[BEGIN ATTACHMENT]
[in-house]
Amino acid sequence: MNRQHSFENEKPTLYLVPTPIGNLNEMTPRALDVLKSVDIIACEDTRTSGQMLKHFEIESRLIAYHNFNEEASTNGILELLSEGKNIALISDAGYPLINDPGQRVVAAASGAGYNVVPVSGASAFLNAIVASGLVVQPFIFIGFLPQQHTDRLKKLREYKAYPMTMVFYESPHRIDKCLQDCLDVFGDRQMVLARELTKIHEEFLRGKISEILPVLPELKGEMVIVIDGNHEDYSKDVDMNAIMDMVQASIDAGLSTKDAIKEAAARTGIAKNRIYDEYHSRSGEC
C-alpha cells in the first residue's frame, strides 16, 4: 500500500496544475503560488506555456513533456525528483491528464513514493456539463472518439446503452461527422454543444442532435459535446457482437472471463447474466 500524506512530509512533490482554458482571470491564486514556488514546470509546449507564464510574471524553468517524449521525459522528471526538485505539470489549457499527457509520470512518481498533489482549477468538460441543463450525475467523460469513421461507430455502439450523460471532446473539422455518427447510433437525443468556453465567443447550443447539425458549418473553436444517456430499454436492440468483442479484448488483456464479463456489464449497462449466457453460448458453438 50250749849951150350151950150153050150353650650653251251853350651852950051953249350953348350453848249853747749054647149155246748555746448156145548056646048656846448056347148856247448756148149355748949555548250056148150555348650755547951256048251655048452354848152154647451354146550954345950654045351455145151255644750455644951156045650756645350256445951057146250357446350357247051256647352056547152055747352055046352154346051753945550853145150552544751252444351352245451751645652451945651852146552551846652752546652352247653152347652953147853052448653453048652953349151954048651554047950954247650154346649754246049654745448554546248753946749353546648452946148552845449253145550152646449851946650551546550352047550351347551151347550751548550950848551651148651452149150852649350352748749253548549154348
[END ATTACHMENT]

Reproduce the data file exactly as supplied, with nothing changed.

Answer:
[in-house]
Amino acid sequence: MNRQHSFENEKPTLYLVPTPIGNLNEMTPRALDVLKSVDIIACEDTRTSGQMLKHFEIESRLIAYHNFNEEASTNGILELLSEGKNIALISDAGYPLINDPGQRVVAAASGAGYNVVPVSGASAFLNAIVASGLVVQPFIFIGFLPQQHTDRLKKLREYKAYPMTMVFYESPHRIDKCLQDCLDVFGDRQMVLARELTKIHEEFLRGKISEILPVLPELKGEMVIVIDGNHEDYSKDVDMNAIMDMVQASIDAGLSTKDAIKEAAARTGIAKNRIYDEYHSRSGEC
C-alpha cells in the first residue's frame, strides 16, 4: 500500500496544475503560488506555456513533456525528483491528464513514493456539463472518439446503452461527422454543444442532435459535446457482437472471463447474466 500524506512530509512533490482554458482571470491564486514556488514546470509546449507564464510574471524553468517524449521525459522528471526538485505539470489549457499527457509520470512518481498533489482549477468538460441543463450525475467523460469513421461507430455502439450523460471532446473539422455518427447510433437525443468556453465567443447550443447539425458549418473553436444517456430499454436492440468483442479484448488483456464479463456489464449497462449466457453460448458453438 50250749849951150350151950150153050150353650650653251251853350651852950051953249350953348350453848249853747749054647149155246748555746448156145548056646048656846448056347148856247448756148149355748949555548250056148150555348650755547951256048251655048452354848152154647451354146550954345950654045351455145151255644750455644951156045650756645350256445951057146250357446350357247051256647352056547152055747352055046352154346051753945550853145150552544751252444351352245451751645652451945651852146552551846652752546652352247653152347652953147853052448653453048652953349151954048651554047950954247650154346649754246049654745448554546248753946749353546648452946148552845449253145550152646449851946650551546550352047550351347551151347550751548550950848551651148651452149150852649350352748749253548549154348